- Several Friend.tech users have reported that their accounts have been hacked.
- The Web3 social media platform’s security model has come under scrutiny amid the reports.
- The recent scrutiny adds to concerns over its privacy and revenue model.
Friend.tech easily ranks among the breakout crypto sensations of 2023. Launched on the Coinbase incubated Ethereum Layer 2 Base in August, the Web3 social media platform has attracted over 312,000 users and generated over $18 million in revenue.
Despite its rapid success, however, several aspects of the platform’s model raise red flags. In the latest instance, Friend.tech’s security model has come under scrutiny as several users have reported that their accounts have been hacked and drained.
In a tweet on Tuesday, October 3, SlowMist founder “Evilcos” brought attention to growing reports of Friend.tech account hacks, most of which appear to be SIM swap exploits, with at least two users reporting a combined loss of about 42 ETH (worth approximately $70k at the time of writing).
Meanwhile, users who registered their Friend.tech accounts using email do not appear safe either, with at least one reported incident where a user claims to have been exploited for 6.5 ETH (worth approximately $10.3k).
The growing reports of hacks have unsurprisingly attracted criticism. Evilcos, who described Friend.tech as a centralized platform that always ran the risk of data leaks, bashed the platform for failing to implement basic security controls that could have mitigated hacks like the SIM swap exploit.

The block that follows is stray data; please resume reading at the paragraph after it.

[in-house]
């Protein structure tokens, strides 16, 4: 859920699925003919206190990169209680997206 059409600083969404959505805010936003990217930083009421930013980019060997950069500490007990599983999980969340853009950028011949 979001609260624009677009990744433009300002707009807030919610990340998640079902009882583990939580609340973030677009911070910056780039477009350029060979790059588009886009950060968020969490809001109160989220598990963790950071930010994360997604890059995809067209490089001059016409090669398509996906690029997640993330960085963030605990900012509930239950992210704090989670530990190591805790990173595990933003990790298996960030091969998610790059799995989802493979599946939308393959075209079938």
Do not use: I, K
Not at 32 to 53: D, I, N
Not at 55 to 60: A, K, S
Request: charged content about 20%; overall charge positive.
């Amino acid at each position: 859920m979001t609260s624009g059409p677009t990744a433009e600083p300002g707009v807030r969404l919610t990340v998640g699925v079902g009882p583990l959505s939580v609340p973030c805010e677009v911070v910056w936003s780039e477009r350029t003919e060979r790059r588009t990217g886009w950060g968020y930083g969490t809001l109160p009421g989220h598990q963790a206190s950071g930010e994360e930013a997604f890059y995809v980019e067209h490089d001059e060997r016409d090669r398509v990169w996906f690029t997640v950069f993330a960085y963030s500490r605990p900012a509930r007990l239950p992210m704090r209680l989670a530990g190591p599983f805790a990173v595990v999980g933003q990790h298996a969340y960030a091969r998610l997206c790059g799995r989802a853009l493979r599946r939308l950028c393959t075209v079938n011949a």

"There's not even a 2FA," the SlowMist founder noted, highlighting that these vulnerabilities are a big attraction for bad actors.
Two-factor authentication, also called two-step verification, is a security model that requires users to provide two verification credentials to gain access to an account. These credentials typically include a password and a randomly generated and time-limited security token. 2FA offers better security than a single authentication model and has been touted as a way to prevent SIM swap scams. However, as highlighted by Evilcos, Friend.tech lacks this feature.
Friend.tech’s security flaws are compounded by its privacy model, which makes it easy for accounts to be linked to the real-world identity of users, as highlighted by a data leak in August 2023.
Aside from emerging security flaws, the social media platform, which allows users to trade “Keys” associated with Twitter accounts, has also been scrutinized for its revenue model, which appears to benefit and encourage bots instead of real users.
As recently highlighted by Wu Blockchain, bots have earned a sizable portion of Friend.tech’s revenue. Specifically, the data shows that 450 bots raked in $5.9 million, representing 34% of the platform’s total revenue.
Nonetheless, the continued criticisms and apparent flaws do not appear to be dissuading users, as one of the users who claimed to have lost 22 ETH when his account was hacked asserted that he still wanted to use the app.
"Also I want to say, I still like FriendTech. I still want to use the app. I recognize that balancing security and a smooth UX is hard, and I don't blame the FT team for what happened to me," he tweeted.
On the Flipside
- SIM swap hacks are common on other platforms like Twitter, with Ethereum’s Vitalik Buterin briefly losing control of his account to scammers in September 2023.
- Friend.tech is still in beta mode, implying that there is still a chance for improvement.
Why This Matters
Friend.tech has enjoyed rapid success since its launch. However, growing concerns highlight the risks of failing to prioritize security and privacy.
Read this to learn more about Friend.tech’s recent resurgence:
Friend.tech’s Revenue Skyrockets Against Rising Criticism
Learn more about Coinbase’s Base TVL slump:
Coinbase’s Base TVL Slumps Despite Friend.tech Strides